New law shields DeSantis’ use of state vehicles to campaign

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TALLAHASSEE — If it hadn’t been for a fender bender on Interstate 75 near Chattanooga, Tennessee, Tuesday morning, most folks wouldn’t know that Gov. Ron DeSantis was using state government vehicles for his 2024 run for president.

Tuesday’s four-vehicle collision on the way to a campaign fundraiser draws a curtain back on the campaign’s use of state resources. But finding out who’s paying for it is nearly impossible thanks to a new law passed by the Legislature to protect the governor’s travel records from public view.

“The legislature has enabled him to hide his travel records so we don’t know and have no way to hold him accountable if he is using state resources in his campaign or if that is even the case,” said Ben Wilcox, research director for Integrity Florida, a nonprofit government watchdog.

It was frustrating enough when trying to monitor his use of government resources while traveling around the state, Rep. Anna Eskamani said, but to take those people and vehicles out of state is even worse.

“It’s absurd that he’s using public resources and public infrastructure to campaign.” said Eskamani, D-Orlando. “He’s using state resources to boost himself politically.”

The governor’s campaign motorcade was on their way to a fundraiser in Chattanooga when an accident up ahead caused traffic to slow down. A Tennessee Highway Patrol officer leading the motorcade stopped short, Chattanooga police reported, causing the vehicles behind it to rear-end each other.

“If the accident hadn’t been reported, we wouldn’t have known otherwise about the use of state vehicles,” Eskamani said. “It makes you wonder how often state vehicles and public employees are being used at out-of-state campaign events.”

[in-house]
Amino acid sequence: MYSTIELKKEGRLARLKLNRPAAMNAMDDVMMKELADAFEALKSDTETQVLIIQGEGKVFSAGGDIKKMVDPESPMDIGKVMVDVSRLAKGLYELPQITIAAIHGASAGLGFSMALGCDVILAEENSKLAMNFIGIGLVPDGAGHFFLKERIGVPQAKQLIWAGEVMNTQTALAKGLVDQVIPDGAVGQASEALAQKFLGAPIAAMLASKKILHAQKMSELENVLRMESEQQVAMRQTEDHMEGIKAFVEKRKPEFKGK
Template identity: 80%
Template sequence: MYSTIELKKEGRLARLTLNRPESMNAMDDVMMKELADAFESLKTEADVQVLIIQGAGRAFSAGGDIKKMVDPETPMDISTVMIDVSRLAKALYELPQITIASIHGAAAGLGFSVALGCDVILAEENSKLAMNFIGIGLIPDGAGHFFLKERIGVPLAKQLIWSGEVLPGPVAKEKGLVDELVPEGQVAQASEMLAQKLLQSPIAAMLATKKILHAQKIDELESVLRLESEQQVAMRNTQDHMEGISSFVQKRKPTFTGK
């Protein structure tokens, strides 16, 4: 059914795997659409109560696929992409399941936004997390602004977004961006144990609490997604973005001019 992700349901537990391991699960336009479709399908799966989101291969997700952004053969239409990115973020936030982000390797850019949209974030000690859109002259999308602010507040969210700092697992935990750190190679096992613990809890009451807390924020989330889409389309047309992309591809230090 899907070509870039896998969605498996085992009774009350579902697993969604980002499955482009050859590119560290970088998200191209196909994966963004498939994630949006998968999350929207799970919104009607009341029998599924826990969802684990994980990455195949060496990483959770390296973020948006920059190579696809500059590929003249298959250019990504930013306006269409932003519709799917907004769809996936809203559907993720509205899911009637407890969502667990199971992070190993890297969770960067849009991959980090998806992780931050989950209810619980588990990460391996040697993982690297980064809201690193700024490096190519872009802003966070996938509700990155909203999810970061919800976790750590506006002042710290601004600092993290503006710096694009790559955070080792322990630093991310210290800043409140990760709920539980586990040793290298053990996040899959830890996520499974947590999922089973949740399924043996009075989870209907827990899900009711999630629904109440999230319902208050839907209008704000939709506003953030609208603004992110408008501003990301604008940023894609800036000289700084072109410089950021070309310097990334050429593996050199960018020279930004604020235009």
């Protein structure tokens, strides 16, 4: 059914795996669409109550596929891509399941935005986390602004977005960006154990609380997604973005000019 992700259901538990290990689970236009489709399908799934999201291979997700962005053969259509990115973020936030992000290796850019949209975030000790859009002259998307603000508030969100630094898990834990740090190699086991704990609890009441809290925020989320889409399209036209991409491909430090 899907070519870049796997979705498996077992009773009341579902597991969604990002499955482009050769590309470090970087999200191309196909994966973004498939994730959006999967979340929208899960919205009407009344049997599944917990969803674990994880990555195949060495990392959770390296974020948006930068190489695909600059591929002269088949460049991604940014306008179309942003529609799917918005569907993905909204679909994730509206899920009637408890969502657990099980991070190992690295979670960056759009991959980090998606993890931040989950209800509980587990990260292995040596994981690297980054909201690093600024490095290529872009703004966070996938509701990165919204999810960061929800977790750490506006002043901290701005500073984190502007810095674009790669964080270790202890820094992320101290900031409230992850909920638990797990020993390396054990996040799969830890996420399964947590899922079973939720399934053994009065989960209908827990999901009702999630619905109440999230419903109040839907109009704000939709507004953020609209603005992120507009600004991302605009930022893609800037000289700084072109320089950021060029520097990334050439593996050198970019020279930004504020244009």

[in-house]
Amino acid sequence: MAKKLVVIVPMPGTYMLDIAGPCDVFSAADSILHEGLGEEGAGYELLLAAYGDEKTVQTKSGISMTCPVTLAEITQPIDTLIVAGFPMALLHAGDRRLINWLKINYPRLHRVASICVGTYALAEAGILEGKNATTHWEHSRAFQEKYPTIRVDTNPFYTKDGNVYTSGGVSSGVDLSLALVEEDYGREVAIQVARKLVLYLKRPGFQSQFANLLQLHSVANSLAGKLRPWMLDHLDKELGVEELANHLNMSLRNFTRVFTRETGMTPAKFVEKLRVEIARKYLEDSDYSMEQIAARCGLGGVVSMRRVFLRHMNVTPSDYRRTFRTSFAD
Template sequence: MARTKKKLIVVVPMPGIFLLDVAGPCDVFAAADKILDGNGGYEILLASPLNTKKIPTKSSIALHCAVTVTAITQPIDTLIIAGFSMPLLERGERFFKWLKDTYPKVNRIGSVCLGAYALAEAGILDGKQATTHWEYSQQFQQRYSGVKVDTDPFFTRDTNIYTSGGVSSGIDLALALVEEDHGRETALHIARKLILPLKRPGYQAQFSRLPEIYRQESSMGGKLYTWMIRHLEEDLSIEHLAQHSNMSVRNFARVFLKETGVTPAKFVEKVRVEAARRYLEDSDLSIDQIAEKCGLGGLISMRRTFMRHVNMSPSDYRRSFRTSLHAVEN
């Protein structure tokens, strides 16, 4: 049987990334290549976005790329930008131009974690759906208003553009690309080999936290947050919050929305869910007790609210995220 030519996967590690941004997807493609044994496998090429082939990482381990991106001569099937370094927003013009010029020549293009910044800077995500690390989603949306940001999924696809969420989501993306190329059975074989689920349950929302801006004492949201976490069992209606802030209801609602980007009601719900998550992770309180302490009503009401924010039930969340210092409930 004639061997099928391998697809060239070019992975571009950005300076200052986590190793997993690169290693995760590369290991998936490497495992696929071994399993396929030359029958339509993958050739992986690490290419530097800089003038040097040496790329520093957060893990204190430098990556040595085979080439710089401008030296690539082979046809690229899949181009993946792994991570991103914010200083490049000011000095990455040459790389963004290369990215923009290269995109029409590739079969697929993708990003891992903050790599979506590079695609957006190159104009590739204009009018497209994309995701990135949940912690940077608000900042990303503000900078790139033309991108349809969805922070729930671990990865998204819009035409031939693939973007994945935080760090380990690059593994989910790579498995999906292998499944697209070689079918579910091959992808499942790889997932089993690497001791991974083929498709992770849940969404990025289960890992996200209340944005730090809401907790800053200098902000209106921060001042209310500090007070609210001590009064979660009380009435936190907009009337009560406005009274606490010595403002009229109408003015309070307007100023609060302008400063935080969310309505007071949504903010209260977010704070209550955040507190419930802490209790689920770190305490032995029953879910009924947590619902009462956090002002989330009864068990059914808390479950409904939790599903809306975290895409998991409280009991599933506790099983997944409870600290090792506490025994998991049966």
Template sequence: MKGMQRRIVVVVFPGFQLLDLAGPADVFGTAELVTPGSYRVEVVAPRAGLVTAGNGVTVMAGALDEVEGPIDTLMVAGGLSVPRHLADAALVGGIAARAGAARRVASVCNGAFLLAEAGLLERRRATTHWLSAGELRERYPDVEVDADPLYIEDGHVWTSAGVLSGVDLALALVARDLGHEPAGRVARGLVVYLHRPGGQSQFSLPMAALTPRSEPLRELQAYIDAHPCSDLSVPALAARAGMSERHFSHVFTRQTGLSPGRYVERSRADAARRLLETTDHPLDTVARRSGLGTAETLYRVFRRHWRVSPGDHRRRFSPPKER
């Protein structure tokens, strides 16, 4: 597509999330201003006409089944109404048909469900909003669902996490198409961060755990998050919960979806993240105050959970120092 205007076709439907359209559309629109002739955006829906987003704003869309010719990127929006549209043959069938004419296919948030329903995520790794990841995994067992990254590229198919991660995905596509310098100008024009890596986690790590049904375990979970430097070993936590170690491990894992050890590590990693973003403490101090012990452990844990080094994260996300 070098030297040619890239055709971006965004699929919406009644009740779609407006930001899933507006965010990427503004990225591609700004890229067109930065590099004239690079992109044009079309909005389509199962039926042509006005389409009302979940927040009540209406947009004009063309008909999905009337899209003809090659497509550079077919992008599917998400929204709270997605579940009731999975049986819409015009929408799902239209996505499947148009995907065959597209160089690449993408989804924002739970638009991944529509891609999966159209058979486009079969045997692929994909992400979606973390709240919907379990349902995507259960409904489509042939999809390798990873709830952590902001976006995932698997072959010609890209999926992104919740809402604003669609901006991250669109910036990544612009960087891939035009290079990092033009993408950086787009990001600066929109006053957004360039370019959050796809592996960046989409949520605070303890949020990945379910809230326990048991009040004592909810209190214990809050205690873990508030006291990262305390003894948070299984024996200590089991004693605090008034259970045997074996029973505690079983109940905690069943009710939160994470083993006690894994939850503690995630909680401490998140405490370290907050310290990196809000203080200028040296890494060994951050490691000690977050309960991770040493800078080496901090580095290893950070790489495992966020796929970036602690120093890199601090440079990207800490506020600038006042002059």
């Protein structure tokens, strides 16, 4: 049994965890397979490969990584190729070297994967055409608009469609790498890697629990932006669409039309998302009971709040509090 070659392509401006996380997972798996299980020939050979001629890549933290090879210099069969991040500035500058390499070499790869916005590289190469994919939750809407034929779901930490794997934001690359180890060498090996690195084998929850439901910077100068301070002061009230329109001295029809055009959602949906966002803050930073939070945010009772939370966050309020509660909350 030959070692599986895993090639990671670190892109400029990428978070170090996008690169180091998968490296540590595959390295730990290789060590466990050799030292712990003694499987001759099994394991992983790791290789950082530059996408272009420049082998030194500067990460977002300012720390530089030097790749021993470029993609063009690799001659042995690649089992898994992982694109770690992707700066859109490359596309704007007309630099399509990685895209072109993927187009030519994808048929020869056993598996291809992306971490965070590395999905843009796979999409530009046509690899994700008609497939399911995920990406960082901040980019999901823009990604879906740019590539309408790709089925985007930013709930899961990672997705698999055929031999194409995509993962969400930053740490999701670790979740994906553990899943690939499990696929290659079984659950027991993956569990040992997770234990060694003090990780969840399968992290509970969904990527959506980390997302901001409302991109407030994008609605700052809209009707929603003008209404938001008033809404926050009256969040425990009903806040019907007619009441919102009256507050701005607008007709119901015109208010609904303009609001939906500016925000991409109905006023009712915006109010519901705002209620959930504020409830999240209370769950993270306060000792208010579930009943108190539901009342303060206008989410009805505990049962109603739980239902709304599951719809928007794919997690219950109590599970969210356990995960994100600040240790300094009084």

A female staffer was treated on the scene for minor injuries, but no one else was hurt, police said. Other accident victims included Florida Department of Law Enforcement agents. All the vehicles involved were government vehicles, the police report said.

The accident occurred at the start of a long day of campaign fundraisers scheduled in Tennessee, including in Knoxville and Nashville.

The DeSantis campaign did not respond to a request for more information about the use of state vehicles and personnel.

“We’ve never answered questions about our protective operations assets (number of agents used, vehicles etc.),” FDLE spokeswoman Gretl Plessinger said when asked how much the agency was charging for travel and security for the governor’s campaign.

The FDLE puts out an annual protective services report in August, but Plessinger didn’t say whether it would break down campaign expenses or show reimbursements for them.

The DeSantis campaign’s federal campaign finance report filed July 15 for the three-month period ending June 30 doesn’t show any payments to FDLE for travel or security expenses.It does show the campaign spent $76,256 on private security firms, including $64,588 to Rubicon Protection security services of Sun City, Ariz.